In Remembrance of Prince

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To be a budding fan of pop culture in 1984 was to learn about your favorite artists in piecemeal fashion. They didn’t go from complete strangers to overexposed in a matter of weeks or days. Instead, we absorbed them in bits and pieces via articles in monthly magazines, features in the newspaper and via television interviews with celebrities such as Prince.

The most amazing thing to learn about Prince? It wasn’t that his actual given name was Prince, or that he began making records in 1979 (which seemed to be a really long time ago in 1984), or that he dated a bevy of beauties or that he was an extremely prolific artist who was at his most prolific during the overnight hours.

It was that he stood a mere five feet two inches tall. A king-size talent shorter than most of our mothers.

Prince never stood taller than in 1984, the biggest year in pop culture’s best decade. Five-foot-two? The hell with that. For kids of a certain age, the guy posed confidently atop a motorcycle in “Purple Rain” stills and dominating the stage in the movie’s many concert scenes was larger than life.

He OWNED that movie and he owned a year in which music and cinema intersected like never before. There were only five number one albums that year, all of which rode to the top of the charts by maximizing the impact of the emerging music video medium.

One was Michael Jackson’s “Thriller,” which ended its historic two-year reign atop the charts as the John Landis-directed 14-minute video for the title track played non-stop on MTV. Another was “Footloose,” the soundtrack to a musical thinly disguised as a new-kid-in-town drama. There was “Born In The USA,” where the previously reticient Bruce Springsteen embraced music videos and ran with arms extended into full-fledged celebrity. Fun trivia answer: Huey Lewis and the News hit number one for a single week with “Sports,” which had four top 10 hits, all of which were accompanied by tongue-in-cheek videos.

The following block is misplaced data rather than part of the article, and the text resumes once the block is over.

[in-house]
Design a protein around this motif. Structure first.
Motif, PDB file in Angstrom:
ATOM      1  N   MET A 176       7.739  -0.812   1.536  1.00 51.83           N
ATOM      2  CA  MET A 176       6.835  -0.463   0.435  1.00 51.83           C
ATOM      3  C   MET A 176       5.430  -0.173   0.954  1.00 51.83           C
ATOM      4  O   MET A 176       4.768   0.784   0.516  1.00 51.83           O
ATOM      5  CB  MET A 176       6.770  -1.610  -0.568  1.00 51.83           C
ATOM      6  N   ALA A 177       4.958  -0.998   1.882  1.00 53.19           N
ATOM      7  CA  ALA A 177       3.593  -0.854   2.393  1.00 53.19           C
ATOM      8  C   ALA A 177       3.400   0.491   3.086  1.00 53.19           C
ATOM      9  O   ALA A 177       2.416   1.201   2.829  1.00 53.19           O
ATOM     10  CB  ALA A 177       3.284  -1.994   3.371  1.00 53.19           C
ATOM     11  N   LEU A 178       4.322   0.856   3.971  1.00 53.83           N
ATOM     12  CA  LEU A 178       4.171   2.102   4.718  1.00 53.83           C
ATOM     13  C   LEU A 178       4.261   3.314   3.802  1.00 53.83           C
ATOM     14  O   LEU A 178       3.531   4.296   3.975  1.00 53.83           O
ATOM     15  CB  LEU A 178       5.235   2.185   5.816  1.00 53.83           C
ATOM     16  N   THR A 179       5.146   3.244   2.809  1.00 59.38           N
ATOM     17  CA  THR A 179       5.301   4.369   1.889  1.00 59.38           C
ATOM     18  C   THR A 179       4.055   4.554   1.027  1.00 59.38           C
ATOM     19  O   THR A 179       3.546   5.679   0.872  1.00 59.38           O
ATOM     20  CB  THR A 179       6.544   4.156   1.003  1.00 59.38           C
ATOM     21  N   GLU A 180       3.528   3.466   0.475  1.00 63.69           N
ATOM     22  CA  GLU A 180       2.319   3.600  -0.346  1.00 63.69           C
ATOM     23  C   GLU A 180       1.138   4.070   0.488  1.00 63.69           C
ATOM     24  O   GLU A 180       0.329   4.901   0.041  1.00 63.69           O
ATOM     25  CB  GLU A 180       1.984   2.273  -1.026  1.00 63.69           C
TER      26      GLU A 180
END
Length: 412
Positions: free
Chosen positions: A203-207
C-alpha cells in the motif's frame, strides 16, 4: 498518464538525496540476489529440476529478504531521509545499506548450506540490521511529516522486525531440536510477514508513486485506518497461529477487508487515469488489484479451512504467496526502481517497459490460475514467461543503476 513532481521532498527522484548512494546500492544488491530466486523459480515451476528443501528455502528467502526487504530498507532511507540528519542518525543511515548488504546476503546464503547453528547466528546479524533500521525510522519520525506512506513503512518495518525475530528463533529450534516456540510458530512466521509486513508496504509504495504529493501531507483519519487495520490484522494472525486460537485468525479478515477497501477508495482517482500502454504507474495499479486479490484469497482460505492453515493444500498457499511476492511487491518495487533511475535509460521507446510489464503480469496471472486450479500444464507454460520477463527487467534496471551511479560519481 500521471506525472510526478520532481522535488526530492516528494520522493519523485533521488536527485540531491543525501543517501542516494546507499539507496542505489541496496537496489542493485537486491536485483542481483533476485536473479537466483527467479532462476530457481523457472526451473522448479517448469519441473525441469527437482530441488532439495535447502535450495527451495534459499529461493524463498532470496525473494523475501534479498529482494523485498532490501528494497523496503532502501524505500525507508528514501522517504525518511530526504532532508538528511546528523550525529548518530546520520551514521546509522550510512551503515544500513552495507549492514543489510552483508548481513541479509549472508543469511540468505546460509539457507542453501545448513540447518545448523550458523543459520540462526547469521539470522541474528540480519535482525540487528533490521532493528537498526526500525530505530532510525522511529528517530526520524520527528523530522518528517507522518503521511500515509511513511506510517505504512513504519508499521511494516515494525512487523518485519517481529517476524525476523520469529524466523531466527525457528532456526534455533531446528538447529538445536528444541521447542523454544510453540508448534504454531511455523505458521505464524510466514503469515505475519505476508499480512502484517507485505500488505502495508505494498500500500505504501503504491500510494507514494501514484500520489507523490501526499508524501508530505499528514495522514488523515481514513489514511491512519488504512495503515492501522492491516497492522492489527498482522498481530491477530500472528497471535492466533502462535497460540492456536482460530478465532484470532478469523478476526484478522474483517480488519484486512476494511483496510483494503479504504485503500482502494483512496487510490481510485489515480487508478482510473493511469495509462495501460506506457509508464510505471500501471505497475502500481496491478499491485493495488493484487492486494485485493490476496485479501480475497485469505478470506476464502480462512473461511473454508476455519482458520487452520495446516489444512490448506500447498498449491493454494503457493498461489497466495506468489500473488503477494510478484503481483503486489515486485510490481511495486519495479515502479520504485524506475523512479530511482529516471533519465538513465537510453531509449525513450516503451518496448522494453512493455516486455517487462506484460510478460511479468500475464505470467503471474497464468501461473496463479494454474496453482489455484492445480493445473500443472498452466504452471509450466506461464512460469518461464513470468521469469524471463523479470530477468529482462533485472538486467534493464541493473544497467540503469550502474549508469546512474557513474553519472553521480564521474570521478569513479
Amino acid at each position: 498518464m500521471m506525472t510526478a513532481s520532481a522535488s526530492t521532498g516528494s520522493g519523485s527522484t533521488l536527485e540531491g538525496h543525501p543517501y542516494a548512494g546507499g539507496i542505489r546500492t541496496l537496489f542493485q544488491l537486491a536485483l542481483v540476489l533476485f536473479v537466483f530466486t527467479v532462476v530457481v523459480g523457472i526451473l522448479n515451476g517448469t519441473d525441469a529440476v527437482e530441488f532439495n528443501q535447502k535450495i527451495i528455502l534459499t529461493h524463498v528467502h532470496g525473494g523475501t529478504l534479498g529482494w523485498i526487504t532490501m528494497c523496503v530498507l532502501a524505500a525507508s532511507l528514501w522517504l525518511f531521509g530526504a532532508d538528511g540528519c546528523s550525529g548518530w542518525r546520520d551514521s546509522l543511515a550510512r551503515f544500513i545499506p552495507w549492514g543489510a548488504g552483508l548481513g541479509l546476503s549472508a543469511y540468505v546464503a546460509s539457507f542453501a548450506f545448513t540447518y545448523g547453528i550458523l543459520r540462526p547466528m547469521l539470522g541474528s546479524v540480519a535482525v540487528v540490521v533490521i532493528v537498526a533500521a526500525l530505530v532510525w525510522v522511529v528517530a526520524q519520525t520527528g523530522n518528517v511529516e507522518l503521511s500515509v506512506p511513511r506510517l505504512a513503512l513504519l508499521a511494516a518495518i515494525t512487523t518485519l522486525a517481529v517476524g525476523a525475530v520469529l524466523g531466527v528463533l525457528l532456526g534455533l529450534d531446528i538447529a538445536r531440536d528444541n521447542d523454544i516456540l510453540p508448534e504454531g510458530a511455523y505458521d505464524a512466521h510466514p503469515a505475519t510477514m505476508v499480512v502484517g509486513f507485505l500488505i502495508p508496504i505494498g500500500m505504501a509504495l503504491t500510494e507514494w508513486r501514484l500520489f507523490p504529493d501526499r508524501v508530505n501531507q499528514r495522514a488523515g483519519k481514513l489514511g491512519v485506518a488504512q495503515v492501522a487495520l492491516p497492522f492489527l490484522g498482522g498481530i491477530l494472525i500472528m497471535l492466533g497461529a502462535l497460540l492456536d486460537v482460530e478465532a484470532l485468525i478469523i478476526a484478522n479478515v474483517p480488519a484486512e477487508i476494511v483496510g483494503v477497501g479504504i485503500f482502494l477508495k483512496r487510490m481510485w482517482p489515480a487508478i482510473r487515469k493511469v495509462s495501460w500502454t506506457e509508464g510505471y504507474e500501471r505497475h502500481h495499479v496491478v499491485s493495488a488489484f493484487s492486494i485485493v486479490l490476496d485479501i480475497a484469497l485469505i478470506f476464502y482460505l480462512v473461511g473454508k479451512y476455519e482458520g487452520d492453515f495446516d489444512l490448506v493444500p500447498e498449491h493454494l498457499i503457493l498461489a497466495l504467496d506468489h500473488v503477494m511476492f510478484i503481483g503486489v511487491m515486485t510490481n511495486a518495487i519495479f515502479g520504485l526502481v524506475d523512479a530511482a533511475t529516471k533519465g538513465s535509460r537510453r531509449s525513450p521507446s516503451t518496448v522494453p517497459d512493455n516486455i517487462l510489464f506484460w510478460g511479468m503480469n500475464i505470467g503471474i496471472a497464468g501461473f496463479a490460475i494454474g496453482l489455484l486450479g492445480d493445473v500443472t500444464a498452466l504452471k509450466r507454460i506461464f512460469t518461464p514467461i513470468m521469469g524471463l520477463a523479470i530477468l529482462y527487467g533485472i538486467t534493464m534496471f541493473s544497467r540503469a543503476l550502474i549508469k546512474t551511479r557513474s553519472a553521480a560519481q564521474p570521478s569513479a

No album topped the charts longer than “Purple Rain,” which was number one for the final 22 weeks of the year. And none saturated America like “Purple Rain.” At one point in the summer, “Purple Rain” topped the album and box office charts while “When Doves Cry” sat atop the Hot 100. “When Doves Cry” ended up being the best-selling single of 1984 while “Let’s Go Crazy” also hit no. 1 and the title track peaked at no. 2.

And yet a case could be made that the most impactful song in the movie never charted. An R-rated film in the summer of PG-13 included “Darling Nikki,” whose lyric about masturbating with a magazine annoyed a powerful mother named Tipper Gore. Within months, the Parents Resource Music Council would be formed so that somebody could think of the children, and soon records with potentially offensive content would be shipped with warning labels affixed. Wonder what Tipper thinks of “Darling Nikki” compared to the records that get warning labels these days.

The soundtrack sounds as good as ever and has aged far better than the movie. MTV, which now only shows music videos when someone dies, played hours of Prince videos Thursday before going into a heavily edited and commercial-interrupted airing of “Purple Rain.” With the benefit of 32 years of hindsight, we can now see it was just a really long music video with dialogue that would get it laughed out of theaters in the 21st century.

The Kid: “See you later.”

Apollonia: “When?”

The Kid: “Why?”

But that frenetic opening, with “Let’s Go Crazy” blasting as the triangle between The Kid, Morris and Apollonia was established? It’s still positively electric and able to transport us to a time when such sequences were ground-breaking instead of routine.

And the end sequence, with The Kid performing “Purple Rain” following his father’s suicide attempt? It was a reminder of how a man standing five-foot-two could establish and tower over an entire pop culture landscape and inspire goosebumps and tears from kids listening and watching thousands of miles from Minneapolis.

Prince did it again Thursday night, for entirely different and far sadder reasons than we ever could have imagined as “Purple Rain” blasted out of our boom boxes in 1984 and spilled out of HBO on our TV screens thereafter. Rest in peace, Prince, and thanks for the music, movies and memories.

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Author: Jerry Beach

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